In Poland, Raben Group, which operates two Ikea factories 14 km apart in Zbąszynek and Babimost in the west of the country, will trial Volvo FM Electric trucks for internal transport between plants, using a renewable powered charging point at one of the facilities. Ikea is aiming to reduce greenhouse gas emissions in its transport supply chain, other than last mile distribution to customers, by 70 percent from 2017 levels; the results from the trial, where the tractor units will be pulling 24- tonne trailers, will be used to shape the companies’ broader approach to electrification.
DAF launched its first fully electric truck, the CF Electric, in 2018. The truck boasted a distance between charges of 200 km. With careful planning of charging points and schedules, DAF says, this could allow for 500 km of travel each day, making it suitable for regional supermarket supplies and waste collection routes.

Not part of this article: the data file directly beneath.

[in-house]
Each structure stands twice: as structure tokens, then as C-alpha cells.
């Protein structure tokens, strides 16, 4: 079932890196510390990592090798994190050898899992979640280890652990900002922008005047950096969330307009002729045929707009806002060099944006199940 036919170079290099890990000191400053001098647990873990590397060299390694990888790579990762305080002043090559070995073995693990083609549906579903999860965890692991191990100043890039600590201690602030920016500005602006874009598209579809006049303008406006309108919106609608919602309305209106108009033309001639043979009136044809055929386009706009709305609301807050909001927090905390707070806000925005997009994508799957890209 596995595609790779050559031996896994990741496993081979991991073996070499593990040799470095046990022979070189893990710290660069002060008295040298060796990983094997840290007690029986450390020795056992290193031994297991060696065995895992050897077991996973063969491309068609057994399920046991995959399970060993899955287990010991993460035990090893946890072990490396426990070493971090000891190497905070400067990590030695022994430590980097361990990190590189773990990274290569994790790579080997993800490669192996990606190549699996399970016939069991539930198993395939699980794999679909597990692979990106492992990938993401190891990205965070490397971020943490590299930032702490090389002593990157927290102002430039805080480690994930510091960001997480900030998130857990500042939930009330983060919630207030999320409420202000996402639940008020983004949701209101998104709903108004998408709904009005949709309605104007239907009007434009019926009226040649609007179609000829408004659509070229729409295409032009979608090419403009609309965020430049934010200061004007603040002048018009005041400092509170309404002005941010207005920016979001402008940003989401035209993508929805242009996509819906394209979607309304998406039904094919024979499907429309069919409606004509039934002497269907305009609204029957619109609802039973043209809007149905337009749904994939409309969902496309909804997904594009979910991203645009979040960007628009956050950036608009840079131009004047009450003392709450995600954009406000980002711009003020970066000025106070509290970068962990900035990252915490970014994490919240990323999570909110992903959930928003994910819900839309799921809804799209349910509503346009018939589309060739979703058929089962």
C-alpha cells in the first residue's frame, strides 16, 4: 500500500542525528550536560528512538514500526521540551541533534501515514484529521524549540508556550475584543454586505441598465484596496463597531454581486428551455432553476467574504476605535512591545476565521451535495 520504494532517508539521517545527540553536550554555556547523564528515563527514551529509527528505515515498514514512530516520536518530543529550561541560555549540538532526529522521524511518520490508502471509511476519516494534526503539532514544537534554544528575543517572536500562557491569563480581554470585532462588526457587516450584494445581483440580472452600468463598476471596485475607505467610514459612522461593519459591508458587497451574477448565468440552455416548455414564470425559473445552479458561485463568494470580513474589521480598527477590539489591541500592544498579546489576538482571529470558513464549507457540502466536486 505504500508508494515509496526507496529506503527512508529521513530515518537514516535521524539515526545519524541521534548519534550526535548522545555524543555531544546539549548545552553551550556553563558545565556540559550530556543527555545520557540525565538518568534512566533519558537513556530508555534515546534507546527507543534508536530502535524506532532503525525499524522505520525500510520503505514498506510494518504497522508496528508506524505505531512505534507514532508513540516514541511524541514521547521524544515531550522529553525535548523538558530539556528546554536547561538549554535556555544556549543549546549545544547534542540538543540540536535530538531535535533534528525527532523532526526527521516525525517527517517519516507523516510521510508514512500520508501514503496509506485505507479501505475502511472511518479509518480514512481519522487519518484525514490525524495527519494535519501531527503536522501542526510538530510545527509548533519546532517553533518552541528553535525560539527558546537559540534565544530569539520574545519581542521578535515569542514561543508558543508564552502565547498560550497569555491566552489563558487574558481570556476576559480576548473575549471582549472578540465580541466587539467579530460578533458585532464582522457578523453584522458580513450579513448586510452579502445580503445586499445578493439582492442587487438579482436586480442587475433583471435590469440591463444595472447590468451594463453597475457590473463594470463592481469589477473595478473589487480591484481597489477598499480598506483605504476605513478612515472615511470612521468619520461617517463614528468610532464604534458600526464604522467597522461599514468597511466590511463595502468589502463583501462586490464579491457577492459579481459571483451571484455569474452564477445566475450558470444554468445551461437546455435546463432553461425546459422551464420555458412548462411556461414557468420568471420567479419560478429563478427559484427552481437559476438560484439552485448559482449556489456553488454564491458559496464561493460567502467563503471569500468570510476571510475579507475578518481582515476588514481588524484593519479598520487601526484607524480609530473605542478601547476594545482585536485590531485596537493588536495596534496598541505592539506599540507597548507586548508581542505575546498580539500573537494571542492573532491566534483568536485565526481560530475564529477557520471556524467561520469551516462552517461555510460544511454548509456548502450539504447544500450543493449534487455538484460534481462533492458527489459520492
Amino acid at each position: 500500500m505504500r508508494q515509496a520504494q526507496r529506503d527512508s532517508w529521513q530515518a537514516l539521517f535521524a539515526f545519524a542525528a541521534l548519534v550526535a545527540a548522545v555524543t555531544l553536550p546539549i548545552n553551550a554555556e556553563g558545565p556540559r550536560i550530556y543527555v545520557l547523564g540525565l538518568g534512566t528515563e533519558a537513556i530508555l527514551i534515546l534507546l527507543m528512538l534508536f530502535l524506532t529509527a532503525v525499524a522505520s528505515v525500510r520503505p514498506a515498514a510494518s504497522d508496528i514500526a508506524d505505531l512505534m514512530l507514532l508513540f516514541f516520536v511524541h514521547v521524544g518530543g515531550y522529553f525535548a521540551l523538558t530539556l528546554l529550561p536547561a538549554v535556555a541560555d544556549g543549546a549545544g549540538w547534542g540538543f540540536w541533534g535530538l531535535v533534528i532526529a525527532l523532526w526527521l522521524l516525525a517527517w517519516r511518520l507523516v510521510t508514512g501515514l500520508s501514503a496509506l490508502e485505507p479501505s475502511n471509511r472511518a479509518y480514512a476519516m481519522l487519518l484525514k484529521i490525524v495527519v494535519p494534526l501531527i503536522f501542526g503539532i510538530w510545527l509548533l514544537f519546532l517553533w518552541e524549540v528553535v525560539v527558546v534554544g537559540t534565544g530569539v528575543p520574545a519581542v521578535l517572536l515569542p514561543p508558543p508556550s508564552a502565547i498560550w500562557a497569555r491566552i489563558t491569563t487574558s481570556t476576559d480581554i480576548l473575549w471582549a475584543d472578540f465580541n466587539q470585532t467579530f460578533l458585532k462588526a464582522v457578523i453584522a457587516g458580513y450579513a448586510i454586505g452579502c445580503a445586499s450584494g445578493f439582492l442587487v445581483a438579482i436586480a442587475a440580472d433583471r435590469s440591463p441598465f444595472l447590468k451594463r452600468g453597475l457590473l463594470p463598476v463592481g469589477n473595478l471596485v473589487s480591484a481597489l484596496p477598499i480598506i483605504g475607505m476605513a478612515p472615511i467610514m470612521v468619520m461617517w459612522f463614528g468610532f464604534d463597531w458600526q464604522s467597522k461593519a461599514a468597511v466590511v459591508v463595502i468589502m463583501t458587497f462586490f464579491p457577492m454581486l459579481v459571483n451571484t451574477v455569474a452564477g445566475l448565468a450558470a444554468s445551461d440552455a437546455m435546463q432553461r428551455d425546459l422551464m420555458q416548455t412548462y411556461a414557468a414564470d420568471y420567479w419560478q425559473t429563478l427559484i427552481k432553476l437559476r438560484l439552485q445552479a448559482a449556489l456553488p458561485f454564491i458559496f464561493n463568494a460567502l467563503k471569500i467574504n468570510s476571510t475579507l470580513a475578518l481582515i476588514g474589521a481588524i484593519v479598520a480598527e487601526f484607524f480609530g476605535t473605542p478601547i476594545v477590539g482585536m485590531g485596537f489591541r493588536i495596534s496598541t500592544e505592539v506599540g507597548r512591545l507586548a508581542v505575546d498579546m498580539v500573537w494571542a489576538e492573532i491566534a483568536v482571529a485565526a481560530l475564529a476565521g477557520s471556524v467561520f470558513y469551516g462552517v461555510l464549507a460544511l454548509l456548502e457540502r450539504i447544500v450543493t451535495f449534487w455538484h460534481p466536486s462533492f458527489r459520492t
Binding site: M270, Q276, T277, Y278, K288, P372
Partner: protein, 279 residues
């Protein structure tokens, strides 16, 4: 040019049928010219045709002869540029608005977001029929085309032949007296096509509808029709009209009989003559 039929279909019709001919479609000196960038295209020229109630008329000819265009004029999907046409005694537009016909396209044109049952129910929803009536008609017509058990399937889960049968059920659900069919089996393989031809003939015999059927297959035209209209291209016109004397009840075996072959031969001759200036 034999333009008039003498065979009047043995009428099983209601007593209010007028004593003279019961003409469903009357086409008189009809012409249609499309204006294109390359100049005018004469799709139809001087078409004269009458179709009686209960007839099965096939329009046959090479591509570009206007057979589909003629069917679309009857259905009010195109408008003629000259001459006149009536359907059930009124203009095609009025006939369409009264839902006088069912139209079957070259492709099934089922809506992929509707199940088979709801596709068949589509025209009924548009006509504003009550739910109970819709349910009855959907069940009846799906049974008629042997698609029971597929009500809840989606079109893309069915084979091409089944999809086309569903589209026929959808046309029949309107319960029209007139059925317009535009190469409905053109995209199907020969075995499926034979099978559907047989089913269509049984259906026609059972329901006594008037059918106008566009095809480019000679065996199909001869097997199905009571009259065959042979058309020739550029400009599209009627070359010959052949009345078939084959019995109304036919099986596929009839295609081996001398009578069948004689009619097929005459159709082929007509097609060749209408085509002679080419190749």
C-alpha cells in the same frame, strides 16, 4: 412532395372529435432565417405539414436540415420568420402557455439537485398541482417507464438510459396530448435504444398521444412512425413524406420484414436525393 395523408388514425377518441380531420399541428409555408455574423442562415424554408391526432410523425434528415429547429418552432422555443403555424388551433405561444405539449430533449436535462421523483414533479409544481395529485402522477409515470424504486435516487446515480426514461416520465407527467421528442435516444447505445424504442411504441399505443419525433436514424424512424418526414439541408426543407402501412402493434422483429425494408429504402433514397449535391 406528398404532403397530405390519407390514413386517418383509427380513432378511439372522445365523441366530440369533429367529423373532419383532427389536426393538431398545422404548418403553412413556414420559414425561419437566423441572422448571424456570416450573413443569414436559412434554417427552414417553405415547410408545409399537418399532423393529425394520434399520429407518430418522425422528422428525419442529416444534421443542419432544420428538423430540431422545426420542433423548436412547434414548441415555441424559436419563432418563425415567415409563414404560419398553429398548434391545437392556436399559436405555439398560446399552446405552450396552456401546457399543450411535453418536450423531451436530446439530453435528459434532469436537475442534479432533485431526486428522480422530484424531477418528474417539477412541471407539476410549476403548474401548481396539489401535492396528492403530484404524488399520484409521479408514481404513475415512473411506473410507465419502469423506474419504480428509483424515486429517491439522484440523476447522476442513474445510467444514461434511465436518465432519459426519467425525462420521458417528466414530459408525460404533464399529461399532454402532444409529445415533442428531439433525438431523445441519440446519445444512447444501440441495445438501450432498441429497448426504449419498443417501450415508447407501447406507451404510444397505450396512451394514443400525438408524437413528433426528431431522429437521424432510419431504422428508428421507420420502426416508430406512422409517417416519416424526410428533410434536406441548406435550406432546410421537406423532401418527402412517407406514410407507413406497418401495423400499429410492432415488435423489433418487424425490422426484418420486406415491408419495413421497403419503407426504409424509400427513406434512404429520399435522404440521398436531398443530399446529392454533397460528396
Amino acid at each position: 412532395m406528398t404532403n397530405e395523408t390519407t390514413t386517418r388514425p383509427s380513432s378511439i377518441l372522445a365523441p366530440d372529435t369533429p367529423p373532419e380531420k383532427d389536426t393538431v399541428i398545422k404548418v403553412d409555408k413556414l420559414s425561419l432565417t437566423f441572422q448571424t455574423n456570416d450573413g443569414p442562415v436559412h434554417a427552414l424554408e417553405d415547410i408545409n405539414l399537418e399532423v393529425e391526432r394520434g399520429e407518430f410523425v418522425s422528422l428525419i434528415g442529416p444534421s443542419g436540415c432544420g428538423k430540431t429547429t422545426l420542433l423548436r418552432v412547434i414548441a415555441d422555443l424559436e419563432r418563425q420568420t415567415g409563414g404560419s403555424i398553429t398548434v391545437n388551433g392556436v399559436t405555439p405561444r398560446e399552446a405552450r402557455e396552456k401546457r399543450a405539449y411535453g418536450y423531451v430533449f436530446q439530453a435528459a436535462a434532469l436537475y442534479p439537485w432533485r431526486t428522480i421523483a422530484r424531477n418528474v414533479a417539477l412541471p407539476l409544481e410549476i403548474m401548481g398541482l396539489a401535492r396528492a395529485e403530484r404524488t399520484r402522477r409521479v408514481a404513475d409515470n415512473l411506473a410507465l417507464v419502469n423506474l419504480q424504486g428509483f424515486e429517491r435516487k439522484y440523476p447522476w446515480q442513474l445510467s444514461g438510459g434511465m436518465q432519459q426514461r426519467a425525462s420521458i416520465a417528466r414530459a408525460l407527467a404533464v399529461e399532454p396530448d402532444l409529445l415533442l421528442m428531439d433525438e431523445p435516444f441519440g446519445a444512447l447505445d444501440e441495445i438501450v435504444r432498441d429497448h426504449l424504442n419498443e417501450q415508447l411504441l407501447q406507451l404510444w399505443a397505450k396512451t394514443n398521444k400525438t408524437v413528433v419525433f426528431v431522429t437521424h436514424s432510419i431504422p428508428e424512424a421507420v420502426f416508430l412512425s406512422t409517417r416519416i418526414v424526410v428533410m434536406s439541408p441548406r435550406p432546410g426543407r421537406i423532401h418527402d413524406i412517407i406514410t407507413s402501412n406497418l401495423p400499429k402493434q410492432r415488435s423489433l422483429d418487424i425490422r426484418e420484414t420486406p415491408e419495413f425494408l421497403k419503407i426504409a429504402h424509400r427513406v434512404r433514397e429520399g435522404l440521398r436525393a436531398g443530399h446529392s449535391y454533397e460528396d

The manufacturer’s latest model, the LF Electric, is designed for local routes. It is a rigid body truck, with a payload capacity of 11.7 tonnes. The first units have been sold to Nabuurs, a food and beverage logistics and distribution company, to supply customers of brewer AB InBev around the Groningen area in the Netherlands.
Dual charging system
The truck uses a dual charging system. With a more expensive 650Vdc, 150 kW charger, it charges from 20 to 80 percent in around 60 minutes, or from empty to 80 percent in two hours. When fast charging is not required, it can go from 20 to 80 percent in six hours, using a more common 400Vac, 22 kW, three-phase charger.